Kevyn Aucoin was passionate about makeup even as a kid. He would do his three sisters’ makeup and photograph the results with a Polaroid camera, something he’d do for the rest his career. Afraid to buy makeup, he would shoplift it.
He knew he was gay at six-years-old and he was bullied at school. He dropped out of high school after being chased by classmates in a truck. He enrolled in beauty school hoping to learn more about applying makeup but ended up teaching the class instead.
Aucoin moved to Baton Rouge in 1982 to start a career as a makeup artist. In Baton Rouge, he was beaten badly by a security guard at local department store where he and friends were checking out the new makeup. Fearing for his life, he decided to move to NYC.
In NYC, Aucoin was putting makeup on test models at no charge to build up his portfolio. That was where he was discovered by Richard Avedon for Vogue. He went to work for Vogue photographer Steven Meisel, doing 14 Vogue covers in his first three years. His 1986 Vogue cover shoot with Cindy Crawford brought him so much attention that he did nine Vogue covers in a row, plus seven Cosmopolitan covers. At his peak, he would be booked months in advance and could command as much as $6,000 for a session. He would refuse to do the makeup of models he felt were too young.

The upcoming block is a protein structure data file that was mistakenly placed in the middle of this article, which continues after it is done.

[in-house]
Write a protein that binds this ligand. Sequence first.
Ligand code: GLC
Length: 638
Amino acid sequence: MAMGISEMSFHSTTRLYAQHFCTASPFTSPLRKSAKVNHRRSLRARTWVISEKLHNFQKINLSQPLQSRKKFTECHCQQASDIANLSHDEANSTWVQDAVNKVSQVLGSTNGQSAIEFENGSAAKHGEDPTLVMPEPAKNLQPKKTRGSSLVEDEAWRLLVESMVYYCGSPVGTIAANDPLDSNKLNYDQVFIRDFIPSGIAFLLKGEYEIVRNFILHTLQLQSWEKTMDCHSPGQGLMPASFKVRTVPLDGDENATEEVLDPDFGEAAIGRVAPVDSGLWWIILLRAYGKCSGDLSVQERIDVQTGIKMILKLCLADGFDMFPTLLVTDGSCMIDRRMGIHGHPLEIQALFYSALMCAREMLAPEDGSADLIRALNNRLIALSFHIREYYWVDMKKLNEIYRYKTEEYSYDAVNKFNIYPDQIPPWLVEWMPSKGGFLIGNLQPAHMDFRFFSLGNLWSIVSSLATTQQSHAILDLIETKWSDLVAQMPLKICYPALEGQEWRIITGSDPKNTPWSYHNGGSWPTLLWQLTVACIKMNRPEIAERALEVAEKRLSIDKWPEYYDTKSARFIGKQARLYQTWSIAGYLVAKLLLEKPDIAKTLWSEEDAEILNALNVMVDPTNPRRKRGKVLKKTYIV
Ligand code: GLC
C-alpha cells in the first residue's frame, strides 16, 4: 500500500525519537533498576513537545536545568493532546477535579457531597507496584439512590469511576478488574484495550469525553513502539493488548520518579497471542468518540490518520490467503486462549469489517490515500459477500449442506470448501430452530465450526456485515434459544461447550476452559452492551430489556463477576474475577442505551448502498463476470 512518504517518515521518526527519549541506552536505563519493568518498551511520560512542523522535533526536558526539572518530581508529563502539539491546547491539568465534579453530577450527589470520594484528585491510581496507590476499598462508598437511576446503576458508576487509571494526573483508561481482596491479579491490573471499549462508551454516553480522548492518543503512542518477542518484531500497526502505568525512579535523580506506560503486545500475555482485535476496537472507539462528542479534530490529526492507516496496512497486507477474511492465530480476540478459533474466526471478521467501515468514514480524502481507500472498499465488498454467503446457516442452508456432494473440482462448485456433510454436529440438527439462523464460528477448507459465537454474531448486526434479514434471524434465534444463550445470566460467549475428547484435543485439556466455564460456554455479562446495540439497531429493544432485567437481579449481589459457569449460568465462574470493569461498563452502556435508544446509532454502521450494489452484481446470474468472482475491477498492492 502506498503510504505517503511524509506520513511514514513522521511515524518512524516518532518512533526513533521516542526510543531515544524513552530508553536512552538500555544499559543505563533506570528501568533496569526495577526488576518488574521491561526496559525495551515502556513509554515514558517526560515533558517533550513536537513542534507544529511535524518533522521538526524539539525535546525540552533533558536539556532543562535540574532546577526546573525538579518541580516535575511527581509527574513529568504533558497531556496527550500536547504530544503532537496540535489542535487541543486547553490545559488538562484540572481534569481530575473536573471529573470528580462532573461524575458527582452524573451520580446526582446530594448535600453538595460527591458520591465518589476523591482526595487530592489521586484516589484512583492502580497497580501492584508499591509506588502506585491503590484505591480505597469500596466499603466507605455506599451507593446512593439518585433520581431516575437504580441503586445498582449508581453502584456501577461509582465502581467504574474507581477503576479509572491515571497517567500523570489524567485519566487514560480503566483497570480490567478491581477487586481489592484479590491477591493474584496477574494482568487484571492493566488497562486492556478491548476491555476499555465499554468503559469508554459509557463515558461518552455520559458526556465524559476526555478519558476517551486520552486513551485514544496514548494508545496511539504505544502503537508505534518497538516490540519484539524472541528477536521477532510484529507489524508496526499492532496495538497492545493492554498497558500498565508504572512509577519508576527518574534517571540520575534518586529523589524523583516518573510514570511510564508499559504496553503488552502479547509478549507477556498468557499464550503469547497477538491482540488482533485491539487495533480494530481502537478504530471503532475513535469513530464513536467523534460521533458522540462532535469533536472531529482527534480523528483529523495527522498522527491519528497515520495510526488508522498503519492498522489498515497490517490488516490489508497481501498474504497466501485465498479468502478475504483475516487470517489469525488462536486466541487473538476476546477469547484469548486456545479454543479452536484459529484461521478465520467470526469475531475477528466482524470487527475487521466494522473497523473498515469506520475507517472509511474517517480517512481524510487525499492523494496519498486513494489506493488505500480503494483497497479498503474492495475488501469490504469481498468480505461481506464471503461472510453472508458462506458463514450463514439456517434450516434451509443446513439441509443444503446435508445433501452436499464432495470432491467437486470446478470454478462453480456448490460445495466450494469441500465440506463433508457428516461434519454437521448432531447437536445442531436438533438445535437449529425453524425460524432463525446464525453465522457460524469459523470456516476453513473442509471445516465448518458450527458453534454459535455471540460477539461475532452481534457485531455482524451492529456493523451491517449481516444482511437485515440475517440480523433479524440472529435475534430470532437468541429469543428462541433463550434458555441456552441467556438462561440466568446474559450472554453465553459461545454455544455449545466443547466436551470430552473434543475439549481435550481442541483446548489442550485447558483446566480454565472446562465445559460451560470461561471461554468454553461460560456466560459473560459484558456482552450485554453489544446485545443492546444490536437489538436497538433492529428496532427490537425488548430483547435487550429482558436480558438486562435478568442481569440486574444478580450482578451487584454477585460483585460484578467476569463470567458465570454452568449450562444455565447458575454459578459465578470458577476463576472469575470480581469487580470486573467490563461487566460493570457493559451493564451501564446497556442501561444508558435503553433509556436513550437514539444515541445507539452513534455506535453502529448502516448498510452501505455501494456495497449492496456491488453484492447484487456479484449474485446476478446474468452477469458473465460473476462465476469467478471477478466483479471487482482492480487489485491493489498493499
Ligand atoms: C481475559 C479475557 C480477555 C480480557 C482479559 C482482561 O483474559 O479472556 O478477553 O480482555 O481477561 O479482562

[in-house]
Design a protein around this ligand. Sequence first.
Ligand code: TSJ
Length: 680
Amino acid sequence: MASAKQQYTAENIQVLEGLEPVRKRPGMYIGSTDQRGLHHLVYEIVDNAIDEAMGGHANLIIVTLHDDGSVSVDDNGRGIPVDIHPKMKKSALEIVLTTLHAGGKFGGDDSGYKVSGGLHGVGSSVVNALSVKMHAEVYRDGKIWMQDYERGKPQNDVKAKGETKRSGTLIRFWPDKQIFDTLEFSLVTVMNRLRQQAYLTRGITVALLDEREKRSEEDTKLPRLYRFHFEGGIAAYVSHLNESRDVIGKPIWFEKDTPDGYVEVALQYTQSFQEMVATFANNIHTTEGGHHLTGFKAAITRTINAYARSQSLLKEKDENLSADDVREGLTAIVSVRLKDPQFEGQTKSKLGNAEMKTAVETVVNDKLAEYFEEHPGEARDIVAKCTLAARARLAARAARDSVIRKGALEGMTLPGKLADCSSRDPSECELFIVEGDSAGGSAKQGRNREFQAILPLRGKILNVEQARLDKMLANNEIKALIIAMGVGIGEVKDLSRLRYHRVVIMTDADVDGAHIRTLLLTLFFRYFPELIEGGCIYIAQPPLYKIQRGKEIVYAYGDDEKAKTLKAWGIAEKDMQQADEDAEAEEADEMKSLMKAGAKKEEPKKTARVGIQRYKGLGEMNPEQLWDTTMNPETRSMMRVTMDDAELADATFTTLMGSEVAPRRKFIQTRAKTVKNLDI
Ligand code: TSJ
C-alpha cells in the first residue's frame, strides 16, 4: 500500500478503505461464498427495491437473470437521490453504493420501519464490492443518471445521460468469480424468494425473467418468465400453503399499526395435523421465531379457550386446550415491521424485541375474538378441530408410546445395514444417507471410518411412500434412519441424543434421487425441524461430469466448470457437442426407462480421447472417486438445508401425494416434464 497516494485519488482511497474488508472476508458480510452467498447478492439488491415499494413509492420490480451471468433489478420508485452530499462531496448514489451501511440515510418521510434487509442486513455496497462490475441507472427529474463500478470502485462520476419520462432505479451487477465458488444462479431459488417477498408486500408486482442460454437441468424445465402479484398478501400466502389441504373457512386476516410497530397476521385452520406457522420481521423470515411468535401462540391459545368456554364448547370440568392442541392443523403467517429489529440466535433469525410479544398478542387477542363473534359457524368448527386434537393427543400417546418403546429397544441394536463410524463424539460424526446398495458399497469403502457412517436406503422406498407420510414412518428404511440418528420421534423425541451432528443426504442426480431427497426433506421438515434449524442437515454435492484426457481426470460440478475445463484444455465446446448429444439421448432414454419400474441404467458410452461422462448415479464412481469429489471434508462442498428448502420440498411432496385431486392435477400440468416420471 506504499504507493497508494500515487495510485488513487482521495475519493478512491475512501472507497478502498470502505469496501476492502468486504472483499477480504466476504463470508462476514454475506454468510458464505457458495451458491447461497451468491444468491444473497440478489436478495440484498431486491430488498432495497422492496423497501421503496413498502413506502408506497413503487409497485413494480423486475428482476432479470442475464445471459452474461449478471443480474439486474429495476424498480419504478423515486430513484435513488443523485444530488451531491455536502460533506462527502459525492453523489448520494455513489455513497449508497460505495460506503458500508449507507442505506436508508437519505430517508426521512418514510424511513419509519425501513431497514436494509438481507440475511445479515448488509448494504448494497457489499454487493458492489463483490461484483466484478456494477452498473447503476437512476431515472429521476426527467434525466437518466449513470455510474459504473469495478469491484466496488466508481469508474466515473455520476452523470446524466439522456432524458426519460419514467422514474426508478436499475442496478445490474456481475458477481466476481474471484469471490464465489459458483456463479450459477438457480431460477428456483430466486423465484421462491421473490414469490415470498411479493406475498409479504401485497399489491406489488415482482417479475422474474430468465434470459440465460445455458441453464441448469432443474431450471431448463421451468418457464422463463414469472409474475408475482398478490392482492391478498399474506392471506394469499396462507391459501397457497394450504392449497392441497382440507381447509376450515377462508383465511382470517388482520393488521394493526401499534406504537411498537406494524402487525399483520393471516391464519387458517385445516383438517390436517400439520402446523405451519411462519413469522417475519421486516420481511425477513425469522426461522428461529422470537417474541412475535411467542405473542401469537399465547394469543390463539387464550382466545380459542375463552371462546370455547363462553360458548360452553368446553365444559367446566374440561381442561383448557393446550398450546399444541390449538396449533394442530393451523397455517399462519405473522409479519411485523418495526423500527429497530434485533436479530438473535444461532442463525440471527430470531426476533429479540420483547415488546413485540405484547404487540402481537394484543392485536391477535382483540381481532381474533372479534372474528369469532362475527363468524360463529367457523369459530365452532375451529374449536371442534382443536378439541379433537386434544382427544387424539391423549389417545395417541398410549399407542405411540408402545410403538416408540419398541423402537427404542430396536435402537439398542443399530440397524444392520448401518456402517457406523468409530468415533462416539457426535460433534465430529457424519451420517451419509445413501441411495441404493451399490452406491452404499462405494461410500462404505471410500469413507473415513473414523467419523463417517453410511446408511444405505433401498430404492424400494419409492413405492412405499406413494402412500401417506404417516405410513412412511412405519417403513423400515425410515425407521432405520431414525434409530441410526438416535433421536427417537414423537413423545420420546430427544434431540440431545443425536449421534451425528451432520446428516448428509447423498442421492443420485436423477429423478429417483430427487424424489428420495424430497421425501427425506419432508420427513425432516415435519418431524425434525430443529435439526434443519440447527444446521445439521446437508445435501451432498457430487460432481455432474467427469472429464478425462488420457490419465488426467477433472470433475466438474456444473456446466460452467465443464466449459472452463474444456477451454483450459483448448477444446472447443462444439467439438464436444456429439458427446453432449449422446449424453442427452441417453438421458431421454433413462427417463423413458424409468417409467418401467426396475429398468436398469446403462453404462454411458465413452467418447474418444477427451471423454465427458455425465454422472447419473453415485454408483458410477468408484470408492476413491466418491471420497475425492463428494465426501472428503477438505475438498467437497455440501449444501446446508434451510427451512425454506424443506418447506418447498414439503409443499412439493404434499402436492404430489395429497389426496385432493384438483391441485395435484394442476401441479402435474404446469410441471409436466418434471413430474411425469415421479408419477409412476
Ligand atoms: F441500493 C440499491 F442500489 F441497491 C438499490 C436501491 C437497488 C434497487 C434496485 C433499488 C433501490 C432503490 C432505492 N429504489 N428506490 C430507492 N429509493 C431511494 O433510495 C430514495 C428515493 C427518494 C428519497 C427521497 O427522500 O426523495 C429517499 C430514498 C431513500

He believed that every woman was beautiful from within, and it was important to help a woman feel beautiful. Makeup was simply his tool for helping her discover herself.
Aucoin was one of the best-paid celebrity makeup artists in history. He did makeup for Cher, Liza Minnelli, Janet Jackson, Tina Turner, Courtney Love, Vanessa L. Williams and many more celebs and models. He had a column in Allure Magazine and published his work in books: The Art Of Makeup, Making Faces, and Face Forward, all bestsellers. The books featured celebrities, but also everyday men and women, including his mother.
In 1994, Aucoin won the prestigious CFDA Award from the Council of Fashion Designers of America, the only makeup artist to have received that honor.
In September 2001, Aucoin was diagnosed with a rare pituitary condition, Acromegaly which makes bones increase in size, including hands, feet and face. He began taking prescription to ease his suffering.
Aucoin left this world in 2002, taken by kidney and liver failure due to toxicity caused by prescription painkillers.
Beauty & The Beast In Me, a documentary film that features Aucoin’s own personal videos debuted on Logo TV on September 2017. Another documentary Larger Than Life: The Kevyn Aucoin Story had its premiere at DOC NYC Festival in November 2017.